This report was published by the Eurasian Development Bank as part of the project 'Challenges and Opportunities of Eurasian Economic Integration,' which envisages a number of high-level round-tables as well as research articles and reports. The objective of the project is to discuss and analyse economic integration in Eurasia, both on the continental scale “from Lisbon to Shanghai,” and in the EU-EEU dimension “from Lisbon to Vladivostok.”
Despite the current crisis, there is objective mutual interest in economic integration. It is based on territorial proximity, significant trade flows, investment ties, economic security issues, the interest of the countries of the emerging EEU in the transfer of European technologies, the mutual need to develop trans-boundary infrastructure, the existence of common neighbouring states, among other things. The authors believe that a comprehensive agreement between the EU and the EEU can become a reality in the next ten years, i.e. in the 2020s. The expert community’s task is to establish a proactive agenda and pave the way to future negotiations.
Because of the existing structure of trade, Russia, Kazakhstan and Belarus should be interested not in establishing a simple free trade zone with the EU, but in developing a deep and comprehensive agreement, which would cover trade and investment regimes, the movement of capital, the visa-free regime, the development of the trans-boundary infrastructure, and many other issues (the report mentions 19 domains of negotiations). At the same time, obvious problems associated with trade concessions should be compensated with benefits in other spheres.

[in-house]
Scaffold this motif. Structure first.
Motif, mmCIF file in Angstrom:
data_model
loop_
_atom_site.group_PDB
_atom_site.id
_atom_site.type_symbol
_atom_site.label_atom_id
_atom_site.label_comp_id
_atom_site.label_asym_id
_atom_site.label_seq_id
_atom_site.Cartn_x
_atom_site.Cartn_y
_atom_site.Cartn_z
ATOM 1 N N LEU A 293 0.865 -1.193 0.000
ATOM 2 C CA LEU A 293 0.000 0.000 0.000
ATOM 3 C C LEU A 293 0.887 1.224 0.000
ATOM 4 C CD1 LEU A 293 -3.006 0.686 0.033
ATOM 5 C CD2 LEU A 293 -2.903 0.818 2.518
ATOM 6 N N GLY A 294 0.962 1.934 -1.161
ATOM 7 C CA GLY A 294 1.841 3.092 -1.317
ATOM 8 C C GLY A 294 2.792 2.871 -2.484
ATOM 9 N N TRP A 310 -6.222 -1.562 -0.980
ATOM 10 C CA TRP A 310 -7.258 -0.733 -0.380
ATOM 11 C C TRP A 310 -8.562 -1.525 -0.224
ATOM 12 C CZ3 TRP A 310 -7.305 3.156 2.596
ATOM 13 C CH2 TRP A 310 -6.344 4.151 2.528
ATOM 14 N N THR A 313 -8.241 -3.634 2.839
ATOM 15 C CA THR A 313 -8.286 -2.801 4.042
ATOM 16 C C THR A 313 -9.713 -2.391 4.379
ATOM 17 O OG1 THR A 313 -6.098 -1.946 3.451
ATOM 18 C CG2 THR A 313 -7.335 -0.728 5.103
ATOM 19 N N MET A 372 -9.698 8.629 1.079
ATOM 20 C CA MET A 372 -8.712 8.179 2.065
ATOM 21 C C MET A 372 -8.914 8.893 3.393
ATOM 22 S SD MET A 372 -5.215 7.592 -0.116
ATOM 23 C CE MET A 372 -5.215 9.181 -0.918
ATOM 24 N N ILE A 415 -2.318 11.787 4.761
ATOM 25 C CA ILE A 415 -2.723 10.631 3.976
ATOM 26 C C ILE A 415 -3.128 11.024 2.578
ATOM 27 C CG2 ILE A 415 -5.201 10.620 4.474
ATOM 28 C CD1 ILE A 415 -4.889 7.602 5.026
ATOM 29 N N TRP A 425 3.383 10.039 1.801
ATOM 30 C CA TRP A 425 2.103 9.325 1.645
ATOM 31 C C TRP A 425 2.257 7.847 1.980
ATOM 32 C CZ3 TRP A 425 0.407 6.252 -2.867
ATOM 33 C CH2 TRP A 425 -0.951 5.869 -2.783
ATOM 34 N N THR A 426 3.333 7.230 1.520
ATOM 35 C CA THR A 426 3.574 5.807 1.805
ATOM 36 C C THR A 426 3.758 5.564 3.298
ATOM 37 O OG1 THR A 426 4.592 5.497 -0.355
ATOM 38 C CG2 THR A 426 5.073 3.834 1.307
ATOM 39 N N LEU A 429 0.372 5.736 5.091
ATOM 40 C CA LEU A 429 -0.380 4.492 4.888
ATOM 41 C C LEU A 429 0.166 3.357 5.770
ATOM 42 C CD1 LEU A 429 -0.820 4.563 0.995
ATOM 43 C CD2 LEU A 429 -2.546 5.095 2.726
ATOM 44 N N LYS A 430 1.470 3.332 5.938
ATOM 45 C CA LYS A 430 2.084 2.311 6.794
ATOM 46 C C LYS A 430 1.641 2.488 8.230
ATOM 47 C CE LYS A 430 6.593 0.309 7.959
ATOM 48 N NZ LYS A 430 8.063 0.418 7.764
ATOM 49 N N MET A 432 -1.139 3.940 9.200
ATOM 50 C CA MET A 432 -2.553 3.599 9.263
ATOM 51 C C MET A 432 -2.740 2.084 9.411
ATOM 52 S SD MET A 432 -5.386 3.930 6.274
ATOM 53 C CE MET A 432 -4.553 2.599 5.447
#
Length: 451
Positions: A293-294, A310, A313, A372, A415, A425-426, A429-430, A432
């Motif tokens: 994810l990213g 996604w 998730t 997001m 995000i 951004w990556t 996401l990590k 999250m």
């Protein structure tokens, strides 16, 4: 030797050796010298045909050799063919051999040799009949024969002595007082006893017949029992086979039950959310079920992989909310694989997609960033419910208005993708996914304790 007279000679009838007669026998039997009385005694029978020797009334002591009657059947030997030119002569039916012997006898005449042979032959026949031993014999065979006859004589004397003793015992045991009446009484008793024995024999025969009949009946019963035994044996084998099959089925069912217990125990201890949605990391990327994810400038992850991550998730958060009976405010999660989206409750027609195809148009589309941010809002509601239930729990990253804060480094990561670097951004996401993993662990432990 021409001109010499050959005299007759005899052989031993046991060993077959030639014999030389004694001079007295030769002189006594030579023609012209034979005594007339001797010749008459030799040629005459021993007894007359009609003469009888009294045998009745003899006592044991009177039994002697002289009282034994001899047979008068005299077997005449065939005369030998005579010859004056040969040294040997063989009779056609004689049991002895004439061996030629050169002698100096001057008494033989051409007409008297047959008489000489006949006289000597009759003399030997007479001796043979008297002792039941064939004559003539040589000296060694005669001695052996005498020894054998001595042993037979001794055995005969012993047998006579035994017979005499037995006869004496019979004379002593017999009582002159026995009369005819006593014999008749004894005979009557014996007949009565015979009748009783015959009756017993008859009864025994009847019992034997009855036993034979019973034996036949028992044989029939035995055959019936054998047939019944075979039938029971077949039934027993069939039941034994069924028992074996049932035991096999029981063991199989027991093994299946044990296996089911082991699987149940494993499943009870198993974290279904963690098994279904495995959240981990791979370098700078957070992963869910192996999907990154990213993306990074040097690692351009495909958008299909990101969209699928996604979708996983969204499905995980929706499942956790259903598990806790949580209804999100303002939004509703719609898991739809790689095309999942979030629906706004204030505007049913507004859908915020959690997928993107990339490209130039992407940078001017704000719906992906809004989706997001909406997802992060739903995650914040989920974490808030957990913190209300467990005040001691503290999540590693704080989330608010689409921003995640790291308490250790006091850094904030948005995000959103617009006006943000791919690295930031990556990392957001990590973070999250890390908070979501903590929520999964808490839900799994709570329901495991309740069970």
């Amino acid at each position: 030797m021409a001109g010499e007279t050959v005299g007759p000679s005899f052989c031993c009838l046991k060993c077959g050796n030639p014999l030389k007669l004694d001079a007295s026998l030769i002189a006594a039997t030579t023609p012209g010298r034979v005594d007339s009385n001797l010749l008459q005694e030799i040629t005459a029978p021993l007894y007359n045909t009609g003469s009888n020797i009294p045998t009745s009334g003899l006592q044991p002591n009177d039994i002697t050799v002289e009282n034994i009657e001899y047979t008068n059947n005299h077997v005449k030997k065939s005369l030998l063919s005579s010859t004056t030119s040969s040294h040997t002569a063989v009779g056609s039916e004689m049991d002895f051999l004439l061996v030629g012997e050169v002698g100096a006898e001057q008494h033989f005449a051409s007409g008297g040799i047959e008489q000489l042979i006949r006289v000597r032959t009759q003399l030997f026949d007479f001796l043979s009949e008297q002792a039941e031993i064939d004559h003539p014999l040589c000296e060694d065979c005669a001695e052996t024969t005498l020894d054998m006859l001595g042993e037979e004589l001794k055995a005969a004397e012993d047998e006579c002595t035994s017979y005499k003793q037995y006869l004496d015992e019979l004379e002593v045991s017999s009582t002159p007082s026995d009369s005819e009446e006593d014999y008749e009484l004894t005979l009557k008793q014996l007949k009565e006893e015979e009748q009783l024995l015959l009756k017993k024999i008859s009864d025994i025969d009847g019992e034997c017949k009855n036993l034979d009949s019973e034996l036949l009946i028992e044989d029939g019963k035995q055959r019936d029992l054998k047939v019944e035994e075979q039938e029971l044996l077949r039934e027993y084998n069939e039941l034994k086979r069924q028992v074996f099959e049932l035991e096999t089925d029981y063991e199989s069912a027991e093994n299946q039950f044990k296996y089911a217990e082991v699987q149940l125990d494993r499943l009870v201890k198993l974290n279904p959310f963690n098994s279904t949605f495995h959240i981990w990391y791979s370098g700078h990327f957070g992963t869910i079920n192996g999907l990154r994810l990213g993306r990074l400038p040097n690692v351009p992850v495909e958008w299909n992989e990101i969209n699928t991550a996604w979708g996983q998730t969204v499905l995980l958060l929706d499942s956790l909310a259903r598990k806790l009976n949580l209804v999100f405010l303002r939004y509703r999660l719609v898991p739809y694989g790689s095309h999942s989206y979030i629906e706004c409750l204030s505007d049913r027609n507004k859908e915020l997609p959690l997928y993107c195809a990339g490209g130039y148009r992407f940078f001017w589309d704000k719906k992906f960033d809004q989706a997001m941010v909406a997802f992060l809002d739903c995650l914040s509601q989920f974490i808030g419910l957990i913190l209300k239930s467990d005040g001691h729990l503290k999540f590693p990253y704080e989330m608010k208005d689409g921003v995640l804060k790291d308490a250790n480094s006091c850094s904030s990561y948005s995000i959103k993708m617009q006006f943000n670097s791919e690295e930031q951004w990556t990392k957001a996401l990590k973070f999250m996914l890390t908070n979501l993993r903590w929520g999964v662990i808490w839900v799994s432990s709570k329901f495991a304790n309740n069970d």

To evaluate the effects of economic integration between the EEU and the EU, it is advisable to use a combination of quantitative analysis techniques, from simple to the most complex ones. This will make it possible to consider the diverse consequences of economic integration, model regional integration scenarios, and evaluate the impact on the economy as a whole, its various sectors, trade, population’s incomes, labour migration, and environment. The authors of the report believe that the international expert community will have to do significant work to prepare the grounds for deep integration between the EU and the EEU.
Last edited: 27 May 2014
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